Although, the number of countries represented in the community is far more than that, but this is the number that have signed up to take up a stand in today’s event.” Stressing that residents’ massive turn up at the maiden event spurred the executives of BIROAL in making the cultural festival an annual event, Bankole said, “The first and second editions were very successful. We had about 2,000 people in attendance in each. For the 2016 edition, with the publicity we have done and all the hard work we have put into it, we are also expecting about 2,000 people.”

Disclosing that BICF is an innovative event that the BIPORAL members are enthusiastic about, Bankole hinted that it has equally attracted both local and multinational companies. “What happens is that each country displays food, for people to sample. And we have partners/sponsors who work with us to provide the funds for the food, the rentals, the printing and other logistics, you can see them, they are well represented here.” And on the list of the sponsors for the 2016 edition are such big brands likes of Multichoice Nigeria, Arik Airline, Airtel Nigeria, Coca Cola Bottling Company, Nigerian Breweries, Leadway Assurance Company Limited, Joe Faraday, among others.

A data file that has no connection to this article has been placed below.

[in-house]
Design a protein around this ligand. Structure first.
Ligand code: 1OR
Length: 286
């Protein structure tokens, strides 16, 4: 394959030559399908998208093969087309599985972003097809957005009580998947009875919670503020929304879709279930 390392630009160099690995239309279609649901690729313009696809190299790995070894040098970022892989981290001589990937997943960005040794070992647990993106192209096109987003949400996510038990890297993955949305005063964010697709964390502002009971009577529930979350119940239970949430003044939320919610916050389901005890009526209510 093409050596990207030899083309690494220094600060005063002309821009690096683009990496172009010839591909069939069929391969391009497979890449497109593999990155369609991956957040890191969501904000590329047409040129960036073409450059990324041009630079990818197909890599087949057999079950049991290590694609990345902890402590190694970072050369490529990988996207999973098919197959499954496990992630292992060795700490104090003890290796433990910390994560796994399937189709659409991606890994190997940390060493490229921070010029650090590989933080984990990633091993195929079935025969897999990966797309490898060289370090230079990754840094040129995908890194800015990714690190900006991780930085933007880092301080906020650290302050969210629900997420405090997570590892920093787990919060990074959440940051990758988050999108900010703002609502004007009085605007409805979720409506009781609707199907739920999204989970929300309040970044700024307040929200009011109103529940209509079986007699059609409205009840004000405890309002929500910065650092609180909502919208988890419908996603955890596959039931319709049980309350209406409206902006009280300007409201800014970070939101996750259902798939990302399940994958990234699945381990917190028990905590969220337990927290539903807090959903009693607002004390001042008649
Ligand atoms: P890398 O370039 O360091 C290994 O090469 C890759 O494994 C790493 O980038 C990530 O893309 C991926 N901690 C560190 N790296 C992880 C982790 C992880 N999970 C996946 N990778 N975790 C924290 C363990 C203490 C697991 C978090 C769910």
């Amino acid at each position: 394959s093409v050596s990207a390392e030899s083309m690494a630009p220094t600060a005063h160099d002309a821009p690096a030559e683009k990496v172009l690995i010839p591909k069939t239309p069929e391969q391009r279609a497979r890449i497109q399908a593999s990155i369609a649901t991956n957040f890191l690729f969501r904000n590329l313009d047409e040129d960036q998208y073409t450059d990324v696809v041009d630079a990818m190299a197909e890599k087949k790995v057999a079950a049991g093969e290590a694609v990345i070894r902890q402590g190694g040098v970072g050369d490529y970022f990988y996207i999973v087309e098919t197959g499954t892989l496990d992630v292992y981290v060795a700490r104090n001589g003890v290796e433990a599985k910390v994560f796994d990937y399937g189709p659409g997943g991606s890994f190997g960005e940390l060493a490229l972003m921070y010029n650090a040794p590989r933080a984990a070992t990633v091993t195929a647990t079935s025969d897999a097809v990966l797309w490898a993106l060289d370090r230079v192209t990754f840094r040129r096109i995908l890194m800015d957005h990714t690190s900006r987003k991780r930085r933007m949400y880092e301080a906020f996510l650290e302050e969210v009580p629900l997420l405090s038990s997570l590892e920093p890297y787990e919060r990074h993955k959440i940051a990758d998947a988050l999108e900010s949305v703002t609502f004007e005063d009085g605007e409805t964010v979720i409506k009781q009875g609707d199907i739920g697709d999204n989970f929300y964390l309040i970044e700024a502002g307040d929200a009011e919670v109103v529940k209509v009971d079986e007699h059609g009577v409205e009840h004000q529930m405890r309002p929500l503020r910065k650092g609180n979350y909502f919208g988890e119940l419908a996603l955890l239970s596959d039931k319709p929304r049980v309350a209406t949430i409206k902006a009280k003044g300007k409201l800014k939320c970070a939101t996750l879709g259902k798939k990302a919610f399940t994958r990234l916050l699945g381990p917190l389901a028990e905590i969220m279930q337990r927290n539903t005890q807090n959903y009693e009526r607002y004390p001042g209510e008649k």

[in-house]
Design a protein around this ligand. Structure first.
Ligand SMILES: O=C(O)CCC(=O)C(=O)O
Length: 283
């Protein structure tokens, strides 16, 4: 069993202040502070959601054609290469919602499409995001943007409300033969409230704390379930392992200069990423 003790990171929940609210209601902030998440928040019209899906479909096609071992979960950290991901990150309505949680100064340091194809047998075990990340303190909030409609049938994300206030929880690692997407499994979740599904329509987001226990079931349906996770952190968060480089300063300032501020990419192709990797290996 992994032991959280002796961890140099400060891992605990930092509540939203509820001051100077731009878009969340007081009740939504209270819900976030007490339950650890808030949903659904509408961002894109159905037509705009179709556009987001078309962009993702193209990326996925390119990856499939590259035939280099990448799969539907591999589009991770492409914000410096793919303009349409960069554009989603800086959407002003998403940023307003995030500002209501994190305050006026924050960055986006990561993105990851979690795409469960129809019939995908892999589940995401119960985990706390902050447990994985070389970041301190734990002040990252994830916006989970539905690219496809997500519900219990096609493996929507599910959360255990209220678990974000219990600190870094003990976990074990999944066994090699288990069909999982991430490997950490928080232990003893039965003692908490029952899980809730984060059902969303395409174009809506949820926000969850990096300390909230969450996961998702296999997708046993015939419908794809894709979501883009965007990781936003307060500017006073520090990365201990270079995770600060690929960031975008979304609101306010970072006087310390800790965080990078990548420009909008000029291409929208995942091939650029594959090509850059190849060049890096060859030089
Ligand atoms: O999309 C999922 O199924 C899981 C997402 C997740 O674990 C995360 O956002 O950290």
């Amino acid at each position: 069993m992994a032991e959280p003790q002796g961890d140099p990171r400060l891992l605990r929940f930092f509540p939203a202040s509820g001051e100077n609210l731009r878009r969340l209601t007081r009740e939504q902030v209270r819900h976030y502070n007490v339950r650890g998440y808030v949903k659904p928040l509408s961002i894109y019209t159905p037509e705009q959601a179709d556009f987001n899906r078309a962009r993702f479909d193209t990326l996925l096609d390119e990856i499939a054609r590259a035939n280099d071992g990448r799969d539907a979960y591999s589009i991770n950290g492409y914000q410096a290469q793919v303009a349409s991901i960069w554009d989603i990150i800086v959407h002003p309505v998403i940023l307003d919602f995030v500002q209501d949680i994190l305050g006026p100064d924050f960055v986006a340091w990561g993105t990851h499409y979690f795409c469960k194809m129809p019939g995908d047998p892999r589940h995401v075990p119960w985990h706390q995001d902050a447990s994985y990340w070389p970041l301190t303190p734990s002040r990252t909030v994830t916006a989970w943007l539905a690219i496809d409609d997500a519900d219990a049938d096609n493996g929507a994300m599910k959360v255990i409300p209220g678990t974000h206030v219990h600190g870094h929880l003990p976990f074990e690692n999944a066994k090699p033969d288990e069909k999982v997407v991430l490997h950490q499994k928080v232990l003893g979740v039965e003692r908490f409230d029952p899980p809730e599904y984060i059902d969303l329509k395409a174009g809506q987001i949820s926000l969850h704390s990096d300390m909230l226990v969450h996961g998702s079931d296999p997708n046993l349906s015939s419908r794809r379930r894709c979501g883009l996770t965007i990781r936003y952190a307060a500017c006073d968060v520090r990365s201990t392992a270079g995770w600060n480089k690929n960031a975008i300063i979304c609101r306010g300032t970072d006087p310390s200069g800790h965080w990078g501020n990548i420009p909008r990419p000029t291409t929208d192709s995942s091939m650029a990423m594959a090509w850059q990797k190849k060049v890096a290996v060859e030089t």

For every country that signed up to be officially recognised at the event, space was allocated to it. In a silent ‘competition’, the representatives of the various countries decorated the allotted space to their own taste, symbolising their identity, with their flags conspicuously placed. And excitedly, these communities freely shared their food, discussed their culture with some enthusiasts and dance to the rhythm that fills the air. And for a country like Azerbaijan, Banana Island Cultural Festival makes a lot of sense. According to the country’s representative, Ms. Billura Bayramova, the festival paints a picture of an accommodating country, that values good relationship and cares for its visitors in many ways. “It gives a good imagination of Nigeria. It is something fantastic for people in this Island to set aside one day just to celebrate their culture, share food, music and network.”

For Bayramova who is also the Vice President, Lagos Francophone, an organisation of French people in Lagos, the cultural festival among others gives participants the opportunity to know more about other countries and their people. “Just like some people may not know much about Azerbaijan, some do not know other countries’ food other than theirs. For me, it is all-friends day in Banana Island where people are happy, and I am very happy representing my country in this important occasion,” she said.